It was quite a long weekend, with losses and drama building up and putting everyone in a foul mood. Mike and I try to pick apart what went on and put in perspective what it means for the 2011 team. It ain’t pretty right now, folks.
Podcast run time 27:06
Here’s how you can listen to podcast:
- Download the RAB Radio Show by right clicking on that link and choosing Save As.
- Listen in your browser by left clicking the above link or using the embedded player below.
- Subscribe in iTunes. If you want to rate us that would be great. If you leave a nice review I’ll buy you a beer at a meet-up.
Intro music: “Die Hard” courtesy of reader Alex Kresovich. Thanks to Tyler Wilkinson for the graphic.
The Yankees have a trio of unusable lefty relievers (Pedro Feliciano, Damaso Marte, Kei Igawa, unusable for different reasons) on the payroll (each at $4M salaries too) and just one lefty reliever actually on the roster. Boone Logan did a fine job against southpaws late last season (.178/.268/.178 with 19 K in 45 at-bats from August 1st on) but has been spotty in 2011 (.360/.429/.560 with just two whiffs in 26 at-bats). Since none of the first three guys will be available anytime soon, let’s talk about someone that is available, Randy Flores.
Flores, now 36, opted out of his minor league deal with the Padres yesterday, which was his contractual right. He has Yankees ties; they drafted him in the ninth round way back in 1997, but later traded him to the Rangers for Randy Velarde after the 2001 season. Yeah, he’s been around a while. Flores is a generic upper-80’s fastball, low-80’s slider lefty specialist, and his career numbers against same-side batters aren’t special: .275/.345/.435 with 103 strikeouts in 533 plate appearances. Over the last three seasons, those numbers are even worse: .295/.376/.514 with 31 strikeouts in 167 plate appearances.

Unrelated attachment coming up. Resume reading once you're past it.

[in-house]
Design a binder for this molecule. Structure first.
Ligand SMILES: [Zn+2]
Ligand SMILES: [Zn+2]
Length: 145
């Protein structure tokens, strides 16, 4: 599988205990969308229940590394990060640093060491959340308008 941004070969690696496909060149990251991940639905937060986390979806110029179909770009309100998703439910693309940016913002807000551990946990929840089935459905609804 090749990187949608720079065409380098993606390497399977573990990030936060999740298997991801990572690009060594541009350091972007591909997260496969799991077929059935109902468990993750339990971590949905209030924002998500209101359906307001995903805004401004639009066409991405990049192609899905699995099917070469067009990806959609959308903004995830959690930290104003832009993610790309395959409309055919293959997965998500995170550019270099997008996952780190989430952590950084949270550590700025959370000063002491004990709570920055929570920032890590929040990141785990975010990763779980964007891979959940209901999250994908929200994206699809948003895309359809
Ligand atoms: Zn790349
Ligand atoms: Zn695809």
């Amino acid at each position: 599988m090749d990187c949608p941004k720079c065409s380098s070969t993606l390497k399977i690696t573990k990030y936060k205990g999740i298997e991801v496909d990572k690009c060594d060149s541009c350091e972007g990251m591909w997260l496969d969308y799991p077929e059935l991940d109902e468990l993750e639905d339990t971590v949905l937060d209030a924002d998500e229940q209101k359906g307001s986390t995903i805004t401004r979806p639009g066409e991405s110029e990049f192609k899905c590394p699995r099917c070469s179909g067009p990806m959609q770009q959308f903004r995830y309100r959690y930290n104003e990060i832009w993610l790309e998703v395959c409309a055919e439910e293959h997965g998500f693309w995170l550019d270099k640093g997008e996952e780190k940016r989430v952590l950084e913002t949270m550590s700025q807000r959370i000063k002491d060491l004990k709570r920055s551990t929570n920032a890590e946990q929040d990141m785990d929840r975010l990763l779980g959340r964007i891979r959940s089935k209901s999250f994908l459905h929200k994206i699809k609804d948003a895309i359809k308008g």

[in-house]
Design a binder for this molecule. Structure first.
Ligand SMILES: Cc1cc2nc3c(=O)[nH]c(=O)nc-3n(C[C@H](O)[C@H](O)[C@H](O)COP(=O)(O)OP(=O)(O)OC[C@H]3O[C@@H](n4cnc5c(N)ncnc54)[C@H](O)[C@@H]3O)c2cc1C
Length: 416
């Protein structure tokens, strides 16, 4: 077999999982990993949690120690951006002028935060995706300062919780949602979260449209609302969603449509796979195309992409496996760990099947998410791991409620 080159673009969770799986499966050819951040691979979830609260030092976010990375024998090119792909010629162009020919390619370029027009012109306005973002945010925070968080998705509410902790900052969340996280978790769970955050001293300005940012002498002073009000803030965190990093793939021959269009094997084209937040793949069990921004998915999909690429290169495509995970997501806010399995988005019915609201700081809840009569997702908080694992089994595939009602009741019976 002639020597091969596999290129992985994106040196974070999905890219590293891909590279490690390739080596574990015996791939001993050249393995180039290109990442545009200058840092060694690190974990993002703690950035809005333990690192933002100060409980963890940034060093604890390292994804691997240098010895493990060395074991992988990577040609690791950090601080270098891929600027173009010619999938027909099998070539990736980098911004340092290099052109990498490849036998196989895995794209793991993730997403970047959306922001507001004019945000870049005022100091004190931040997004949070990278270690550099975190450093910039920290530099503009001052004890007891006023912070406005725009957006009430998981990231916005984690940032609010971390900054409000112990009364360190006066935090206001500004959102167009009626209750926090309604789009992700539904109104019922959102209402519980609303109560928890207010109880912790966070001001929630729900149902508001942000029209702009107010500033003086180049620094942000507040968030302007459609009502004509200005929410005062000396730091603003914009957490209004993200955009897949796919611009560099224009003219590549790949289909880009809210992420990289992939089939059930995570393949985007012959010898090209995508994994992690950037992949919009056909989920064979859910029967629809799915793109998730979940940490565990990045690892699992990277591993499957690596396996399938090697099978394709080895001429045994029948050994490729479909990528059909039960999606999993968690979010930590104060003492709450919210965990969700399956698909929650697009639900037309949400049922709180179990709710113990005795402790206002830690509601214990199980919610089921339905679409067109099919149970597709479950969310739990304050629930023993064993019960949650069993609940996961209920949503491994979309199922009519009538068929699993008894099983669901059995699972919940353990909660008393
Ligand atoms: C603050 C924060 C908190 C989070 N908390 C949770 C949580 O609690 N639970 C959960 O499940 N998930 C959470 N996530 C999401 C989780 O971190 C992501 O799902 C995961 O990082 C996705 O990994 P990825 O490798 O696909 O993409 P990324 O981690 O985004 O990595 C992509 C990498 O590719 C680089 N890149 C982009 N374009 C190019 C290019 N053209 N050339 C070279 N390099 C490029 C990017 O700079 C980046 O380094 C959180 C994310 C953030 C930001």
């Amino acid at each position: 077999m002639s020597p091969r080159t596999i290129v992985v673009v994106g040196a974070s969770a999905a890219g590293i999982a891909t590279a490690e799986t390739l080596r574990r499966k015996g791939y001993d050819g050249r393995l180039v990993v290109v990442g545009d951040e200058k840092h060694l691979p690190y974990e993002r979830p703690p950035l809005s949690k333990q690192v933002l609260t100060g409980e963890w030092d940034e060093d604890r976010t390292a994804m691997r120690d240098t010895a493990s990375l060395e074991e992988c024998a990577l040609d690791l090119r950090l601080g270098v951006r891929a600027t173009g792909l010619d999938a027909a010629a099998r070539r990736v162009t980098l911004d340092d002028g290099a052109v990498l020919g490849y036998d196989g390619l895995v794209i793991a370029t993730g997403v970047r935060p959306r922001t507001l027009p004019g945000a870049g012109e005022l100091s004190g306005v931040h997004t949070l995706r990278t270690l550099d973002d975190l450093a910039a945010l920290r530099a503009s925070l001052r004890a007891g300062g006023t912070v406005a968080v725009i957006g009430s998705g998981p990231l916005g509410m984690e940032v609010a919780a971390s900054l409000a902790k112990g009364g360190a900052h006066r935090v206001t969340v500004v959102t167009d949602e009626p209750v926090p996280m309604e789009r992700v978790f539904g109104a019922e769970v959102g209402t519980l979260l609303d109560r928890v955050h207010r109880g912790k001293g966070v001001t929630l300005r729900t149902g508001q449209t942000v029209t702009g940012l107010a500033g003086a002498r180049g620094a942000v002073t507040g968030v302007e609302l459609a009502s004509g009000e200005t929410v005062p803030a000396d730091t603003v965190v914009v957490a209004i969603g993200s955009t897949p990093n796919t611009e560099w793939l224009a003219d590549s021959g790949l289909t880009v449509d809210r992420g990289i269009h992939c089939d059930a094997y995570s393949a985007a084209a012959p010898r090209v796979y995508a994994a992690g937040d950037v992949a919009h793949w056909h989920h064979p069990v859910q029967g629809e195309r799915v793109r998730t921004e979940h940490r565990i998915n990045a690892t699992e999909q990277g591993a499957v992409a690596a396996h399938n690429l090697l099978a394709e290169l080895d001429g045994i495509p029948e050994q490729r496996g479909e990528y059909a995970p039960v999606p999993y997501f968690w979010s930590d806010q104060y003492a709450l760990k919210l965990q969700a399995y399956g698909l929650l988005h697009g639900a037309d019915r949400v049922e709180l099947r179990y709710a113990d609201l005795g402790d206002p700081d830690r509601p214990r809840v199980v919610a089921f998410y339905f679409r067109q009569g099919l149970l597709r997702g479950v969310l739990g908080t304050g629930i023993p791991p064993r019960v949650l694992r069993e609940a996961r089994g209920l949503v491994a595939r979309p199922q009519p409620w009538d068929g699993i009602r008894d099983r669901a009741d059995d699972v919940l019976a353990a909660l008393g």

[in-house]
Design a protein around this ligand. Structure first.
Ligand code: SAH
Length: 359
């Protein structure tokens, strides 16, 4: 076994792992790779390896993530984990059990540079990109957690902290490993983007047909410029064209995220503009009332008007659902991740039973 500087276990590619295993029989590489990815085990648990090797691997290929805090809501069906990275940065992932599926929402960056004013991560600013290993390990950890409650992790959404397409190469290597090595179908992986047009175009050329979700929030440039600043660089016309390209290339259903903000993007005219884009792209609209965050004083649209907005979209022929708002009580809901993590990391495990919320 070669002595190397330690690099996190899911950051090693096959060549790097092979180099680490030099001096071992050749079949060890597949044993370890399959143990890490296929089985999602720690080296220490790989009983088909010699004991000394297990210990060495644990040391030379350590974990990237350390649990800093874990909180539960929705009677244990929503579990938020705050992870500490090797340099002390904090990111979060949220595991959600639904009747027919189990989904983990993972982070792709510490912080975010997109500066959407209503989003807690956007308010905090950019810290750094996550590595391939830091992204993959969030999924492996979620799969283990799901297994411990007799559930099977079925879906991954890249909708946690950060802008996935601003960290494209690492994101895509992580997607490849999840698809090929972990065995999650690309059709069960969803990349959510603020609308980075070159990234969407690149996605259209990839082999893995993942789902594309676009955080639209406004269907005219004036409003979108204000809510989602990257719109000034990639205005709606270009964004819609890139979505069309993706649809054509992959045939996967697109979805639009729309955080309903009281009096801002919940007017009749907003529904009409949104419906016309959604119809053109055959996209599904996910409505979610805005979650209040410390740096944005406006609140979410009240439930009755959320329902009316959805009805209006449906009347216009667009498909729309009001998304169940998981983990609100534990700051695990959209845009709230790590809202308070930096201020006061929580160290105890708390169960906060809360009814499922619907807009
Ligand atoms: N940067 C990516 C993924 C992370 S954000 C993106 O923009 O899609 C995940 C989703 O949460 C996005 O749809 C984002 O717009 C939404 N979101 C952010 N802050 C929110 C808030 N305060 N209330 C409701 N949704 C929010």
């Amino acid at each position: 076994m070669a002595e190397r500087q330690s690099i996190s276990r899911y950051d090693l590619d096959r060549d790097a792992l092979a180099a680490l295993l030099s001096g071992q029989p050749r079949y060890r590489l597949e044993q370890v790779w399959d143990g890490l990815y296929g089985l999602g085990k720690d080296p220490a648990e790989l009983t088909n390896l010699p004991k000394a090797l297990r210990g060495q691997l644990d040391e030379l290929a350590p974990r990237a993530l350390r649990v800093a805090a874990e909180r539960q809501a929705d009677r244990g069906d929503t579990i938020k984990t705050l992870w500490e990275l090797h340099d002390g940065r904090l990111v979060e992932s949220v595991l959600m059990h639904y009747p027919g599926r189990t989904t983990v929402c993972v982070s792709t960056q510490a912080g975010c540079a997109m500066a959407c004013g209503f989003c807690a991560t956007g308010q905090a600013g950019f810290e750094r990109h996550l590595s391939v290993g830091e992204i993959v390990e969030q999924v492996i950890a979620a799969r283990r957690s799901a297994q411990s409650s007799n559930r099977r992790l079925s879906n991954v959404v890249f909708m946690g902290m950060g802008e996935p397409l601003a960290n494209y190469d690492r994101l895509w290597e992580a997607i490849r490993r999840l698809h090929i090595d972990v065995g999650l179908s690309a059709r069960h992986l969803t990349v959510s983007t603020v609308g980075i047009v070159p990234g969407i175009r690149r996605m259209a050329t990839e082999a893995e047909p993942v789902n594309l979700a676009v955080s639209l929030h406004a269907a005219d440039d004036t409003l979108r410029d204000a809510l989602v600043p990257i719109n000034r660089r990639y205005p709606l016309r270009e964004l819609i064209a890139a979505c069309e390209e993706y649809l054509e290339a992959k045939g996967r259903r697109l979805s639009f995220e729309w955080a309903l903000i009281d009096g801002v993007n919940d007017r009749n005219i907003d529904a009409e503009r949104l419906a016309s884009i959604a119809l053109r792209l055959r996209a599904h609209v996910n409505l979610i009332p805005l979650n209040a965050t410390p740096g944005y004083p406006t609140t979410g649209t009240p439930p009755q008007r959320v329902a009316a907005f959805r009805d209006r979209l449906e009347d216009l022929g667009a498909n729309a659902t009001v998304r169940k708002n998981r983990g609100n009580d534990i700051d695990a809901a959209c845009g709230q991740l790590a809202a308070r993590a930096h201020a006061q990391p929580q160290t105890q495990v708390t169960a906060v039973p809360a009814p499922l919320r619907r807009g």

The overall numbers aren’t all that impressive over the course of his career, but Flores has certainly had some very effective years in the bigs. Of course they came a few years ago, mostly with the Cardinals from 2002 through 2007. But we know the deal with lefty relievers (and relievers in general), sometimes they just run off a strong stretch of pitching without any notice. The Yankees have Andy Sisco stashed away in Triple-A, but he’s been just okay against lefties in a limited sample: four hits, six walks, and seven strikeouts in 29 batters faced. That’s who we’re looking for an upgrade over.
I’m all for adding relief depth, but Flores isn’t the kind of guy the Yankees have to move mountains to go out and sign. They’re already carrying 13 relievers, but one of them is very expendable (Amaury Sanit) and another could go if needed (Luis Ayala), so a roster spot is hardly a problem. It’s just a matter of whether or not Flores is willing to join the team that drafted him to be the temporary second lefty out of the bullpen. If he does, great, if not then no big deal. He probably won’t pitch all that well anyway.